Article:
The new Domino’s Village will offer a home away from home for the families of children undergoing treatment at St. Jude Children’s Research Hospital in Memphis.

Domino's

Eye on the Chains: Domino’s, Papa John’s, Pizza Hut and Chuck E. Cheese

Papa John's plans a move to a new headquarters while Domino's funds a building for parents of St. Jude Children's Hospital patients.

A Domino’s executive teaches a young patient at St. Jude to stretch dough.

Domino’s Pledges $100 Million to St. Jude Children’s Hospital

Domino’s is putting its famous name to work for a good cause: raising $100 million in the next 10 years to support Memphis, Tennessee-based St. Jude Children’s Research Hospital, a world-renowned medical facility for kids with life-threatening diseases and illnesses. It’s the largest commitment in St. Jude’s history, and, as a thank-you, the hospital will name its newest family-housing complex The Domino’s Village. Families of hospitalized kids will be able to stay in the facility, which will boast 140 fully furnished apartments. Domino’s named St. Jude its national charity partner in 2004 and has raised more than $68 million for the hospital, primarily through its annual St. Jude Thanks and Giving campaign. Customers can also round up their order total and donate the extra change to St. Jude when they purchase food on the Domino’s website. “The Domino’s Village will provide a home away from home for the thousands of kids and families who come to St. Jude from around the world,” said Richard Shadyac Jr., president and CEO of St. Jude’s fundraising arm. “They will forever be transformed by the generosity of Domino’s in their greatest time of need.”

New menu items are driving record-breaking sales as Papa John’s gets ready to open a second headquarters in Atlanta.

Papa John’s On the Move to Atlanta

With sales and profits booming and new menu items like the Shaq-a-Roni and the Papadia creating buzz, Papa John’s plans to restructure its operations and open a second global headquarters in Atlanta while maintaining its current location in Louisville, Kentucky. “With strong momentum and our potential expanding every day, we are investing in capabilities for future innovation and global growth, improving efficiencies and better aligning our organization around the strategies that are driving our near- and long-term success,” said Rob Lynch, the chain’s president and CEO. “Metro Atlanta’s deep talent pool and its world-class airport—connecting us to the domestic and international markets that are key to our brand’s future—will accelerate our long-term growth.” According to Marvin Boakye, chief people and diversity officer for Papa John’s, the corporate changes “mark another milestone in Papa John’s ongoing transformation into a more innovative brand with a culture that is focused on diversity, inclusion and winning.”

Pizza Hut’s promotional calendar covers 680 days and features artwork inspired by overused calendar tropes.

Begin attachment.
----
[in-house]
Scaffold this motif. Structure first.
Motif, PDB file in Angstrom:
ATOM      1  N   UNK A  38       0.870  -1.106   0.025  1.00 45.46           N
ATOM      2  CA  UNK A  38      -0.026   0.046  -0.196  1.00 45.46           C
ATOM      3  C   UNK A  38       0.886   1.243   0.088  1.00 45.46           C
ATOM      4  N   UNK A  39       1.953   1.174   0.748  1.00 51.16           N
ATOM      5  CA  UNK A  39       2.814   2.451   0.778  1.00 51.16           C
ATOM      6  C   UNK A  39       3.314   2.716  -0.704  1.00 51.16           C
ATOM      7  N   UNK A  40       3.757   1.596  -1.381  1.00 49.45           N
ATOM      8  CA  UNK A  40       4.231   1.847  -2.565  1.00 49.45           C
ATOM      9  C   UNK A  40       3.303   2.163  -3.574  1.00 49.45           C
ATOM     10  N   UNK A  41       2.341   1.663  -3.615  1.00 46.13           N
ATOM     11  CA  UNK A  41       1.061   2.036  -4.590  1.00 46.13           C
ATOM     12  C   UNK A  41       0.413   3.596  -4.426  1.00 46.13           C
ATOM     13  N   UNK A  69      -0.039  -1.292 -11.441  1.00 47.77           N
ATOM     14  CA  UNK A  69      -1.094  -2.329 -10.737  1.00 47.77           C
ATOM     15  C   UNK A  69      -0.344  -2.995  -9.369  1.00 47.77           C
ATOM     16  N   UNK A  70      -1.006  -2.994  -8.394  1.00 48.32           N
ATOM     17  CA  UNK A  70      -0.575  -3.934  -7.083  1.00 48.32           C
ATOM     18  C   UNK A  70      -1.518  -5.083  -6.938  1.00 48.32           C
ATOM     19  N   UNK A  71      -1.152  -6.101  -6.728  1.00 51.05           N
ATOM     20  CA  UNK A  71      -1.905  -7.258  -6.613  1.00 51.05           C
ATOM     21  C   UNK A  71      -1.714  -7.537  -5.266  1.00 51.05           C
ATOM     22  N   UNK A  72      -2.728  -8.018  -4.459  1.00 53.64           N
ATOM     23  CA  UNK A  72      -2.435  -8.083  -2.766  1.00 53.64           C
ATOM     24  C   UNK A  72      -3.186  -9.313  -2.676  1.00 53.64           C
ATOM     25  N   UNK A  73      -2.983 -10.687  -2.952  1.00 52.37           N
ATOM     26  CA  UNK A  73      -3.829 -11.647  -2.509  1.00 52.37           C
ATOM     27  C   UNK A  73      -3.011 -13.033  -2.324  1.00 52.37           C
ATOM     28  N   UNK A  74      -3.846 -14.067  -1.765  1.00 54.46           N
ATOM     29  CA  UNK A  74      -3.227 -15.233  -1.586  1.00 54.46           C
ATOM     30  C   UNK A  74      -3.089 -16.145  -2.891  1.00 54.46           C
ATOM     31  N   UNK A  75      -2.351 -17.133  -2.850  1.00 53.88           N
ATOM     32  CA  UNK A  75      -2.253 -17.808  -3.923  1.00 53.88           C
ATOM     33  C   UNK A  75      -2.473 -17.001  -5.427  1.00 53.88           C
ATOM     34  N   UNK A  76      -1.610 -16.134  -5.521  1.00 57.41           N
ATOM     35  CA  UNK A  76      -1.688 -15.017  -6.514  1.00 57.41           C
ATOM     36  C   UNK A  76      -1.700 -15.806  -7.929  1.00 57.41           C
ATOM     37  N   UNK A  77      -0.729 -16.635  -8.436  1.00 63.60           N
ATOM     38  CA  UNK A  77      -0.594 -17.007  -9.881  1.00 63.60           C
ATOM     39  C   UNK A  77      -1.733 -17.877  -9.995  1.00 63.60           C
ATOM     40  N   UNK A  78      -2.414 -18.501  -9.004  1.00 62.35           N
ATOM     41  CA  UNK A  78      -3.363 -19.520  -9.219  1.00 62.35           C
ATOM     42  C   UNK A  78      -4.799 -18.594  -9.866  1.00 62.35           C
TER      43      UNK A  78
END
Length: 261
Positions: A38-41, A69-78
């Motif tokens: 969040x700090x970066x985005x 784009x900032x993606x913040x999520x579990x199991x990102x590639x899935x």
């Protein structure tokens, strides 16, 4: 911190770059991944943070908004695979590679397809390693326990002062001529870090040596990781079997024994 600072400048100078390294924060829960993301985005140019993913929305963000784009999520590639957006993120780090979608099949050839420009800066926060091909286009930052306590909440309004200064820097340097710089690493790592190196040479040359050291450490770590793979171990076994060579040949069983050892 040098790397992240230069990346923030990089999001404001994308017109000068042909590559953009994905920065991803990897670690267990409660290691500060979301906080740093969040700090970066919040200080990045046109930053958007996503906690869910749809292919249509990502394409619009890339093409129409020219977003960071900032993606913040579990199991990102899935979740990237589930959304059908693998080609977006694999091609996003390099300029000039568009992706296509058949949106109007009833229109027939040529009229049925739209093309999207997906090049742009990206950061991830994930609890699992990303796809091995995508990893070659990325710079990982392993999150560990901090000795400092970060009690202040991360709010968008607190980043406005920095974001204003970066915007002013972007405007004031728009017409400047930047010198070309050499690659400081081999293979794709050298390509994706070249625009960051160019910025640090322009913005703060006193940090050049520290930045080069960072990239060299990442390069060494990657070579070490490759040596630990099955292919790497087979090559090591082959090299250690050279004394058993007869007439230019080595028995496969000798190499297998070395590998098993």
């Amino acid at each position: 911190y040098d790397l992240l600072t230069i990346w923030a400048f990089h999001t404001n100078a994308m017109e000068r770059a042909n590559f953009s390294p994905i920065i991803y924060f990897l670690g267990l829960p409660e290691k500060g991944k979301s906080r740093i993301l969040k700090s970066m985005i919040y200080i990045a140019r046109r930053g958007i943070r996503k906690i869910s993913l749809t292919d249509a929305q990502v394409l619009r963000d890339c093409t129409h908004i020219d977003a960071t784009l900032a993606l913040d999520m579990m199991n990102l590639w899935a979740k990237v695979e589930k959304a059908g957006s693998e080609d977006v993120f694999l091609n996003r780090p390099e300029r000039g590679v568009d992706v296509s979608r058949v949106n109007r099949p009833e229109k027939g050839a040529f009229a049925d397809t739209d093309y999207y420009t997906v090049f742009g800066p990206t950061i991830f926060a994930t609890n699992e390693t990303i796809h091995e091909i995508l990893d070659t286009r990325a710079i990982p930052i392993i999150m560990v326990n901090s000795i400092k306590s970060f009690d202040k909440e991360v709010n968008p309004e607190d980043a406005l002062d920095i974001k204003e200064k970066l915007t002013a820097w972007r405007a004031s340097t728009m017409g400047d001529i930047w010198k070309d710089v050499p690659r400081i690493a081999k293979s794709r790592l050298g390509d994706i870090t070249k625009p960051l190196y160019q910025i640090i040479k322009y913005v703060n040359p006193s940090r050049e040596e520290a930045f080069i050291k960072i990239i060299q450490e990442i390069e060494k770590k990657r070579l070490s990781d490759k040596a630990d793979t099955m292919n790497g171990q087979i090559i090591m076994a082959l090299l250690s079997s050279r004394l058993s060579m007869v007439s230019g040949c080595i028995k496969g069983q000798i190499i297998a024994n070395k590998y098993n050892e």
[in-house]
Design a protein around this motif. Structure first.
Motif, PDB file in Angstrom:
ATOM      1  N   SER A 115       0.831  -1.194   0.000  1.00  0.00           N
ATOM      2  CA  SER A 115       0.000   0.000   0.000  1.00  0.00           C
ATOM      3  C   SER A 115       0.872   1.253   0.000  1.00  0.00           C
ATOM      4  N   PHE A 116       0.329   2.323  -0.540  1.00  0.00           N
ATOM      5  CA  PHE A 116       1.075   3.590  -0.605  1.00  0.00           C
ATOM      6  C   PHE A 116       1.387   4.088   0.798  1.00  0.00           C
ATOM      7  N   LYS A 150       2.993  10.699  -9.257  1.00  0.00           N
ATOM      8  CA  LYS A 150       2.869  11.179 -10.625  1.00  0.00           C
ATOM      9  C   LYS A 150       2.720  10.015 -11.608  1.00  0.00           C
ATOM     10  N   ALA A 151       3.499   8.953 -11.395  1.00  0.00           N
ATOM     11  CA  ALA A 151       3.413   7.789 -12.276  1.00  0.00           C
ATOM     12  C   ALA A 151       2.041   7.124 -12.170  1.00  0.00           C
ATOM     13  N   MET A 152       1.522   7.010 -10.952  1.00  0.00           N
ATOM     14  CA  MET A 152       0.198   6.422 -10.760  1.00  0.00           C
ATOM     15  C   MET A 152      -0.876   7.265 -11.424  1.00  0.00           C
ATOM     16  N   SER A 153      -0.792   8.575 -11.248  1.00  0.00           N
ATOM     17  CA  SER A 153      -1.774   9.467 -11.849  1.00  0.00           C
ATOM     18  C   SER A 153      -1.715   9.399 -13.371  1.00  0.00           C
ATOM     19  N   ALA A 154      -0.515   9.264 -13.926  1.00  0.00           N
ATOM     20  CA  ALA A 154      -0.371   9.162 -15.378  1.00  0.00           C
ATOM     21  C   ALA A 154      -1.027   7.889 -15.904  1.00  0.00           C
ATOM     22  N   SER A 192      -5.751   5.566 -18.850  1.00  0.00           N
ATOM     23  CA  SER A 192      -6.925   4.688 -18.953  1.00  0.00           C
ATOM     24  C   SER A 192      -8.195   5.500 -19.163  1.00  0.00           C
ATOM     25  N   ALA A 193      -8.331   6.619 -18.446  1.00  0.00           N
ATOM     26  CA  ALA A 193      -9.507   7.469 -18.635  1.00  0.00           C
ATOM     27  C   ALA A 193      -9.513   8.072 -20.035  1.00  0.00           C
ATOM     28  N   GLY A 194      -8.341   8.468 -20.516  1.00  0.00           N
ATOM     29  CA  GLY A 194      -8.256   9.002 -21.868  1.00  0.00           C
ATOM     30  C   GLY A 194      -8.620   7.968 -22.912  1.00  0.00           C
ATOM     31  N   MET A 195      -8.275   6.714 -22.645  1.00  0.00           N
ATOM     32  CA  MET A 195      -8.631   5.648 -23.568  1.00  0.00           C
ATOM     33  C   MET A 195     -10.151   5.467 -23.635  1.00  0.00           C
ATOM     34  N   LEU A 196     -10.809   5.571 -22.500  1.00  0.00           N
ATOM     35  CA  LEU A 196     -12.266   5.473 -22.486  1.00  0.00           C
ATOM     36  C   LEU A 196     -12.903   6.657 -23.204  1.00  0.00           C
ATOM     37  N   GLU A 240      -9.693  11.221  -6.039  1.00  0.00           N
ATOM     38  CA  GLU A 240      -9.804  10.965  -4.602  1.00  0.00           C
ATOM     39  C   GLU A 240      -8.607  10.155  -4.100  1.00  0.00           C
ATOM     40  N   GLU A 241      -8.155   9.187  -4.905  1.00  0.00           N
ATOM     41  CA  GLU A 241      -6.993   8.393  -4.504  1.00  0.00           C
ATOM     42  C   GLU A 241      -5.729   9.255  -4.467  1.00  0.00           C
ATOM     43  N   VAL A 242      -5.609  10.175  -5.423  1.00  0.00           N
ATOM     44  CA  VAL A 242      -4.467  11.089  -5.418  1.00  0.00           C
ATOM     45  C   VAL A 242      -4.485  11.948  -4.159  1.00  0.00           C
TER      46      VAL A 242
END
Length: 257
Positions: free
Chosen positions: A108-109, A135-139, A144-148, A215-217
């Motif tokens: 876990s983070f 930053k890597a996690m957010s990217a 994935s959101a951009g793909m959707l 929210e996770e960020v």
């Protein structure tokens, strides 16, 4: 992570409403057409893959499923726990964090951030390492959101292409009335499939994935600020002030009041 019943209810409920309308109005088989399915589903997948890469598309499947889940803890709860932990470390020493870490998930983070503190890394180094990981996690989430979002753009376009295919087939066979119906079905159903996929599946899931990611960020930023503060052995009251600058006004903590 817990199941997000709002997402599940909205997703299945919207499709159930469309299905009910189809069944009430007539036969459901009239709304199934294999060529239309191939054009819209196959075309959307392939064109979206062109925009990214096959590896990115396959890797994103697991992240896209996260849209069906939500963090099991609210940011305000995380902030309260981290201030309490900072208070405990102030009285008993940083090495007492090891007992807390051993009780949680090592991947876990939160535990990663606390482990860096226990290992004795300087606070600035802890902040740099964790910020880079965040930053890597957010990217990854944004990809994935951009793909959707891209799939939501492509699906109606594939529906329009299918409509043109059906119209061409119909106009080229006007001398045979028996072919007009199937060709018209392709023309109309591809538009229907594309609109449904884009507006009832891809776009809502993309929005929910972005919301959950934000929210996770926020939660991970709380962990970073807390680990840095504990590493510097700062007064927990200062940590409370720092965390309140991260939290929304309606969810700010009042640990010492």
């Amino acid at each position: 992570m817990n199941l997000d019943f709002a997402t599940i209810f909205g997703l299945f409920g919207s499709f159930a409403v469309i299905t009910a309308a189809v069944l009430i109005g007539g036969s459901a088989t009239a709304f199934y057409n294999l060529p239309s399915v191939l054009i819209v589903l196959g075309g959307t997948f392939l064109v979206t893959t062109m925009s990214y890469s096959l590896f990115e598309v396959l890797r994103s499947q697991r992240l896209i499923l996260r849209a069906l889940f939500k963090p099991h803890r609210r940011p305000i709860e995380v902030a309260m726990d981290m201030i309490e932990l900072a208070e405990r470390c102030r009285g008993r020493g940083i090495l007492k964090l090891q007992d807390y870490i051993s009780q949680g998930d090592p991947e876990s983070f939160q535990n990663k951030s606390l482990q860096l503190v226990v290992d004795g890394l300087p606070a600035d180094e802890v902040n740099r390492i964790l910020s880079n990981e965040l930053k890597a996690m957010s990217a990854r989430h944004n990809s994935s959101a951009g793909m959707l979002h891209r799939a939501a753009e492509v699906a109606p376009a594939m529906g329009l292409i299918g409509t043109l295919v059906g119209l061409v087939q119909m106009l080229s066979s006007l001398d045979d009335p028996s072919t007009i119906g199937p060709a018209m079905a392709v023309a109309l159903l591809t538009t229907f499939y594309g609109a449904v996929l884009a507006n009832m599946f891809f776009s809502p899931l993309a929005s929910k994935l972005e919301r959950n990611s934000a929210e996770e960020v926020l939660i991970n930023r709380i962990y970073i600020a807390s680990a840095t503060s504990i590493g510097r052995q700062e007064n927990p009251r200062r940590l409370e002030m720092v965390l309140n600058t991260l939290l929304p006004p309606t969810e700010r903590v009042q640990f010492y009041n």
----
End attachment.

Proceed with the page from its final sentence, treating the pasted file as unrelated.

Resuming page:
Pizza Hut Reinvents the Calendar

Pizza Hut marketed a new value deal, called the Tastemaker, with a free calendar covering 680 days and featuring brand-themed artwork “inspired by the funniest, most absurd and overused calendar tropes…reimagined through the eyes of a pizza lover.” Launched in September, the Tastemaker deal offers a large pizza with three toppings for $10. Pizza Hut emphasized its selection of “more than 17 toppings,” which makes for a total of 680 topping combinations—or a different pizza every day for 680 days. Accordingly, the first 680 customers who ordered the deal for delivery were promised the free calendar, to be mailed separately to the delivery address at a later date. The limited-run calendar boasts eye-popping original artwork, “from an astronaut eating pizza floating in space…to a slice exploding with toppings radiating within the Northern Lights, to a delivery ‘driver’ riding alongside wild horses to his next destination.”

As Chuck E. Cheese works its way out of Chapter 11 bankruptcy, the company is developing new marketing strategies aimed at its core audience, including kindergartners.

How to Click With the Kindergarten Crowd

How do you get a new generation of customers hooked on Chuck E. Cheese’s pizza? Start ’em out young. At least, that seems to be the idea behind the chain’s Kindergarten Kickoff program offered this fall. The company, which has been going through Chapter 11 bankruptcy, provided free educational video resources and 30-minute “All You Can Play” cards to more than 70,000 students in 14 school districts in Atlanta, St. Louis and Orange County, Florida. The videos, described as “entertaining and enriching,” feature Chuck E. and his friends and cover topics from art tutorials and music exploration to silly songs and age-appropriate Spanish lessons. “As we’re planning to make sure our virtual learning is effective and our school buildings are safe, we also want to make sure the year feels special for our students, particularly those who are going to school for the very first time,” said Rachel Sprecher, the executive director of partnerships for Atlanta Public Schools. “Chuck E. Cheese has helped us deliver moments of fun and celebration, and we appreciate their commitment to our kids.”